Brand-new Wagner College history professor Brett Palfreyman will be one of the panelists in a conversation at the Museum of the City of New York, “Hamilton & Friends: Portraiture in Early New York,” on Thursday, Feb. 11 at 6:30 p.m. Visit the MCNY website for details.
Location: Museum of City of New York, 1220 Fifth Avenue (at 103rd Street), New York, NY 10029
The History Department is hosting guest speaker and WWII veteran William Morris.
His daughter, Delores N. Morris, wrote the book "The Soldier Who Wagged Her Tail: A Black Veteran's Story of WWII" as a recounting of his experiences during WWII and a tribute to his dog who saved his life during battle.
According to the author, "this book traces his journey from his close-knit neighborhood in Staten Island to the frozen battlefields of Europe, then back home to an Army camp in Georgia that other soldiers have described as a “concentration camp for black troops."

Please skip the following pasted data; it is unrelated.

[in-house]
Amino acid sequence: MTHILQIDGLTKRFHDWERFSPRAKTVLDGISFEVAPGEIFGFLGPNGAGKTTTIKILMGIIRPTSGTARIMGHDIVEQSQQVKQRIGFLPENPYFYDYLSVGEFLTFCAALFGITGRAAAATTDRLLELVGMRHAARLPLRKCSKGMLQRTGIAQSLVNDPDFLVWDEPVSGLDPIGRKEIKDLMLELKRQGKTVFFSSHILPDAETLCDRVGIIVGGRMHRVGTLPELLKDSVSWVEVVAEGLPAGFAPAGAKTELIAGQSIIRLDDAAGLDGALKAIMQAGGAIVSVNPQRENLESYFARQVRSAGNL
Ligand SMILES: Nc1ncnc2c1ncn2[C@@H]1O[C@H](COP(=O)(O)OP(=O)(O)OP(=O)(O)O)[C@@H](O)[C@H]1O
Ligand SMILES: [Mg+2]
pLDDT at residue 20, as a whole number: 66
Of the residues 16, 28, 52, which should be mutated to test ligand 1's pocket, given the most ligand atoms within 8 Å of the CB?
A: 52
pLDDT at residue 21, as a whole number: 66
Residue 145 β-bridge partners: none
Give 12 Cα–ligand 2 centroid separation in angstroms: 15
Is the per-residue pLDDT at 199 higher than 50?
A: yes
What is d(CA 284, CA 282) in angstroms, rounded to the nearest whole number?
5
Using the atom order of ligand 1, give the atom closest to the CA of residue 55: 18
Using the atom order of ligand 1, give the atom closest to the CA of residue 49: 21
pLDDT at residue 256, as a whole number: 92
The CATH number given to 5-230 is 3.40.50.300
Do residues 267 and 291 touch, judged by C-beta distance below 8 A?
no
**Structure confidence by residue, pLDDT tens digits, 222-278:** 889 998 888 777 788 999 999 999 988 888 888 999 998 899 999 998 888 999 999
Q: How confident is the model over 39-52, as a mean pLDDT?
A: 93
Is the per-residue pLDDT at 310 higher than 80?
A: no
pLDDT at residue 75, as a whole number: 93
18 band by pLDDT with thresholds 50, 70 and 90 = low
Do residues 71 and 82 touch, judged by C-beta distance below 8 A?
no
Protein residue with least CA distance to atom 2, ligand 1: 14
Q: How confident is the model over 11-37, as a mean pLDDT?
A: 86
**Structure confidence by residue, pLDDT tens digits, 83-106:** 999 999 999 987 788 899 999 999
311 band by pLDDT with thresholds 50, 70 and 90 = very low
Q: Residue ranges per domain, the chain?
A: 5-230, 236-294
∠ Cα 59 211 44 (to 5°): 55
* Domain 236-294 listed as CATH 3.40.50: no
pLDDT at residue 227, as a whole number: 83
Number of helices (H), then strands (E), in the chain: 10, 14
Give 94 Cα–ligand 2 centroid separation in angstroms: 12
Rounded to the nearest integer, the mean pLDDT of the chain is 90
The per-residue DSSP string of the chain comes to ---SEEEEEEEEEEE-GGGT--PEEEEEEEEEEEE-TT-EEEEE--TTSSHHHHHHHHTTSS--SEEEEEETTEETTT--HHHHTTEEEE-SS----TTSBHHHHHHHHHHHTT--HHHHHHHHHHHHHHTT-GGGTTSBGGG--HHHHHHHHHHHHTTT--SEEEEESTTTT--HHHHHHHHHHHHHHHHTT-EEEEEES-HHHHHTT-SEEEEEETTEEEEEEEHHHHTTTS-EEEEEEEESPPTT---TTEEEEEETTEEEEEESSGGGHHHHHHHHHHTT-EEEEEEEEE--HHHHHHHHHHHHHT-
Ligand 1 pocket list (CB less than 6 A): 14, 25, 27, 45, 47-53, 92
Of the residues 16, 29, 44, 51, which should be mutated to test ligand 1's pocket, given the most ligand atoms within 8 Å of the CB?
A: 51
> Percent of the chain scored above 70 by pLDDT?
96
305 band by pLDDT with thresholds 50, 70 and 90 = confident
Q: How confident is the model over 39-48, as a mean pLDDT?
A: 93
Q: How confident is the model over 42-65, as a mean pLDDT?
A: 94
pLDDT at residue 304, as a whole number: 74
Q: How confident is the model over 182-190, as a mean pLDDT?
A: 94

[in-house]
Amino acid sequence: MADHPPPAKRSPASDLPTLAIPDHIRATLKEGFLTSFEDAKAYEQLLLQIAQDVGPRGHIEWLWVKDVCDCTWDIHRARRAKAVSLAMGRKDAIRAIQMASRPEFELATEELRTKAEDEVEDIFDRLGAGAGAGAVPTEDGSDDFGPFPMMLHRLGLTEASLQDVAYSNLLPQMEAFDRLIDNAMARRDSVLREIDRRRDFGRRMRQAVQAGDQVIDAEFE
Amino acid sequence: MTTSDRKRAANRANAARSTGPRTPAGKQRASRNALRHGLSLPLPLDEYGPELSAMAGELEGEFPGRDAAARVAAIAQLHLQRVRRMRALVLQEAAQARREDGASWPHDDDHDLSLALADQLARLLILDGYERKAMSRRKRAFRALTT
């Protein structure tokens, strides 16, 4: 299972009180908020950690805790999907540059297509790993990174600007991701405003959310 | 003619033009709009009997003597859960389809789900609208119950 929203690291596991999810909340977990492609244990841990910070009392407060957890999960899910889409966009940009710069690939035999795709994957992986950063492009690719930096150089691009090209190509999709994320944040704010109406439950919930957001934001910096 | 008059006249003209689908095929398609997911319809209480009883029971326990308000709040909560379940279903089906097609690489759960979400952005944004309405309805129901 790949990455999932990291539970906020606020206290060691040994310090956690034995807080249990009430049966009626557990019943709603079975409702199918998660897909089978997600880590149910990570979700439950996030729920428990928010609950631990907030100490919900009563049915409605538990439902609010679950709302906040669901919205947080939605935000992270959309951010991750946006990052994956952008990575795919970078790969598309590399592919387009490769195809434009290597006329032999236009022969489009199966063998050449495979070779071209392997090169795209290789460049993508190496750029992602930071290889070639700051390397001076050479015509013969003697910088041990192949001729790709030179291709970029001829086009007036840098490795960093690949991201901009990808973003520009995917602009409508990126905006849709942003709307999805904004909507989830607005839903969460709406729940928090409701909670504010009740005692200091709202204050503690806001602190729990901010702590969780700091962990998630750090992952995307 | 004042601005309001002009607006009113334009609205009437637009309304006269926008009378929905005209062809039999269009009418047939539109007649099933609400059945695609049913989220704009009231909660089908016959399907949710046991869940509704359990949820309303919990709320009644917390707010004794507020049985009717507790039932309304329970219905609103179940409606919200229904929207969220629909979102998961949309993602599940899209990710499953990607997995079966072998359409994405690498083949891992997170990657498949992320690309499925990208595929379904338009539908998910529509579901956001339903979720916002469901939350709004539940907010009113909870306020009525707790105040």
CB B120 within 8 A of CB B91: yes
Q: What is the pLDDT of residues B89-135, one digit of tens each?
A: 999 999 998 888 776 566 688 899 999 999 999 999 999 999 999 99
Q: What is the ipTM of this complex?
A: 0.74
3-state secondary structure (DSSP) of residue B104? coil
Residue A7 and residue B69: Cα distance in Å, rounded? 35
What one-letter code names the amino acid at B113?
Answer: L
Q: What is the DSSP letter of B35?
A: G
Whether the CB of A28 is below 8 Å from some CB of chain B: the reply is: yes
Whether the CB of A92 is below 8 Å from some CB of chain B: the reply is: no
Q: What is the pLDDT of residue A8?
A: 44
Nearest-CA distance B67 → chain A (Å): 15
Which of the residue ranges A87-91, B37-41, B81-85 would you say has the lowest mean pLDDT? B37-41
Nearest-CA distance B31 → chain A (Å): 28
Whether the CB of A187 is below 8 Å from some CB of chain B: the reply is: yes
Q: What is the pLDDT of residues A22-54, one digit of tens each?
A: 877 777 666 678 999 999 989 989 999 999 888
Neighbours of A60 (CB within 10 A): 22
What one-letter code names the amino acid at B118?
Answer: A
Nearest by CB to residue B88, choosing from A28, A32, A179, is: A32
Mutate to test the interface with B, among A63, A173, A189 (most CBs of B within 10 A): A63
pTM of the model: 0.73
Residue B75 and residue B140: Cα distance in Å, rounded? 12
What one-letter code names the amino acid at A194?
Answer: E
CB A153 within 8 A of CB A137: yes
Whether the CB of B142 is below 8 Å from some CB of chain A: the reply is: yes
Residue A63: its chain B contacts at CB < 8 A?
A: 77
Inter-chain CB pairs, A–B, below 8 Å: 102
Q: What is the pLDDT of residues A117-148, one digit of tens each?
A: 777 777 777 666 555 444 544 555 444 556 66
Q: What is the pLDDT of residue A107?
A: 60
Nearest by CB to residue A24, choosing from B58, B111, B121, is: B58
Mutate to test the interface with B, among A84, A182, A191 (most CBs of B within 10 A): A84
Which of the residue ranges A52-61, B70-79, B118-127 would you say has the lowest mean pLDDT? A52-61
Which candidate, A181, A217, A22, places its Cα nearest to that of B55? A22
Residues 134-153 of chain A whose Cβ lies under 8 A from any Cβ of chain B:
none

Anne Heller, author, Hannah Arendt: A Life in Dark Times (New Harvest, 2015) delves into the life of one of the most insightful and controversial female Jewish writers of the 20th century. Hannah Arendt’s Eichmann in Jerusalem: the Banality of Evil was based in part on her notes while covering Eichmann's trial in 1961 for The New Yorker.
Arendt depicted the Nazi, not as a monster, but as an ordinary bureaucrat responsible for millions of deaths of Jews. Heller traces Arendt's Jewish identity from an assimilated German family to the literary circles of New York.